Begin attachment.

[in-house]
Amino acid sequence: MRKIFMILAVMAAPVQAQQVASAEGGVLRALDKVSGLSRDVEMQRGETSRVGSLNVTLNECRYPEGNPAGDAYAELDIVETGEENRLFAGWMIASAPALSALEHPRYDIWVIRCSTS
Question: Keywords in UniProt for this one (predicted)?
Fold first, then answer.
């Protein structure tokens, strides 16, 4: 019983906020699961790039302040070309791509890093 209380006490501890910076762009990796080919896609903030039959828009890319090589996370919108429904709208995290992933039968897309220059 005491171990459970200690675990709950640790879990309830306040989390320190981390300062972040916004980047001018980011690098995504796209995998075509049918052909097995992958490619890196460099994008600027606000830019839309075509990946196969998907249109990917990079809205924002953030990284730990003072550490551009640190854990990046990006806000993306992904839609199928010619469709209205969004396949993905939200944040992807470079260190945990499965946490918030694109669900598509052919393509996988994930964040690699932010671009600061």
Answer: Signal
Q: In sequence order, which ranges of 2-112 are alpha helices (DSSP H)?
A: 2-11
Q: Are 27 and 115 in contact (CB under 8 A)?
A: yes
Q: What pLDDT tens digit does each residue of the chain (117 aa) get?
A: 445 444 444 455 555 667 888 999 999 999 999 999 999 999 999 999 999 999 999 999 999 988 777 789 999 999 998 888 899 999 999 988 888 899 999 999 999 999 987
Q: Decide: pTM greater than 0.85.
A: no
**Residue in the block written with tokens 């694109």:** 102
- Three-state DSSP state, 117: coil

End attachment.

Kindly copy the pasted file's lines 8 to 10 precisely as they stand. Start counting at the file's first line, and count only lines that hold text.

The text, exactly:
A: 2-11
Q: Are 27 and 115 in contact (CB under 8 A)?
A: yes